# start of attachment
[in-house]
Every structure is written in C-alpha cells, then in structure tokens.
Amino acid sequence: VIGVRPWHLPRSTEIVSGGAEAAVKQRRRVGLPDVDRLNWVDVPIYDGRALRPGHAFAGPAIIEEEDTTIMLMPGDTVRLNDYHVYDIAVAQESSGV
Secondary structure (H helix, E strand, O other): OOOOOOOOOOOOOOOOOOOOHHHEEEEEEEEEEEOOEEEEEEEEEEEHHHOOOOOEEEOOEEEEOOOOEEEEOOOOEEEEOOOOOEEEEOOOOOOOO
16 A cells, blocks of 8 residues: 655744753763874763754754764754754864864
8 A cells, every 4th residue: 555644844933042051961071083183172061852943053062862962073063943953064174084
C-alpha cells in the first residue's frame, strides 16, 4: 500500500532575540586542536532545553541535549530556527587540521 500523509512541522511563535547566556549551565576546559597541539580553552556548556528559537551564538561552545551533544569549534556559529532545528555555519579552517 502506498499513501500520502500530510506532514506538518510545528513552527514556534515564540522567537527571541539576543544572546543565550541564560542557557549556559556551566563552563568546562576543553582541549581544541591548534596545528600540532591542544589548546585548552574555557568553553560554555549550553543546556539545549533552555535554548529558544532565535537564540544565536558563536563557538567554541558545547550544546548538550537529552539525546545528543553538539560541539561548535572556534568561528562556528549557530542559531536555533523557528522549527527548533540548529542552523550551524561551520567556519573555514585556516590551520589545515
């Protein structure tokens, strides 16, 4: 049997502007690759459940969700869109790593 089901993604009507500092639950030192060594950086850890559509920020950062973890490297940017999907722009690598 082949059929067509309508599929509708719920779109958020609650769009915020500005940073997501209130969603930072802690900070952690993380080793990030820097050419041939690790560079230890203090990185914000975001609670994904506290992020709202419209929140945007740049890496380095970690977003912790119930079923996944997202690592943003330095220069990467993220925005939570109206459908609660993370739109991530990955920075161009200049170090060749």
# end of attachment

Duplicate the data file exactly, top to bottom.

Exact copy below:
[in-house]
Every structure is written in C-alpha cells, then in structure tokens.
Amino acid sequence: VIGVRPWHLPRSTEIVSGGAEAAVKQRRRVGLPDVDRLNWVDVPIYDGRALRPGHAFAGPAIIEEEDTTIMLMPGDTVRLNDYHVYDIAVAQESSGV
Secondary structure (H helix, E strand, O other): OOOOOOOOOOOOOOOOOOOOHHHEEEEEEEEEEEOOEEEEEEEEEEEHHHOOOOOEEEOOEEEEOOOOEEEEOOOOEEEEOOOOOEEEEOOOOOOOO
16 A cells, blocks of 8 residues: 655744753763874763754754764754754864864
8 A cells, every 4th residue: 555644844933042051961071083183172061852943053062862962073063943953064174084
C-alpha cells in the first residue's frame, strides 16, 4: 500500500532575540586542536532545553541535549530556527587540521 500523509512541522511563535547566556549551565576546559597541539580553552556548556528559537551564538561552545551533544569549534556559529532545528555555519579552517 502506498499513501500520502500530510506532514506538518510545528513552527514556534515564540522567537527571541539576543544572546543565550541564560542557557549556559556551566563552563568546562576543553582541549581544541591548534596545528600540532591542544589548546585548552574555557568553553560554555549550553543546556539545549533552555535554548529558544532565535537564540544565536558563536563557538567554541558545547550544546548538550537529552539525546545528543553538539560541539561548535572556534568561528562556528549557530542559531536555533523557528522549527527548533540548529542552523550551524561551520567556519573555514585556516590551520589545515
């Protein structure tokens, strides 16, 4: 049997502007690759459940969700869109790593 089901993604009507500092639950030192060594950086850890559509920020950062973890490297940017999907722009690598 082949059929067509309508599929509708719920779109958020609650769009915020500005940073997501209130969603930072802690900070952690993380080793990030820097050419041939690790560079230890203090990185914000975001609670994904506290992020709202419209929140945007740049890496380095970690977003912790119930079923996944997202690592943003330095220069990467993220925005939570109206459908609660993370739109991530990955920075161009200049170090060749």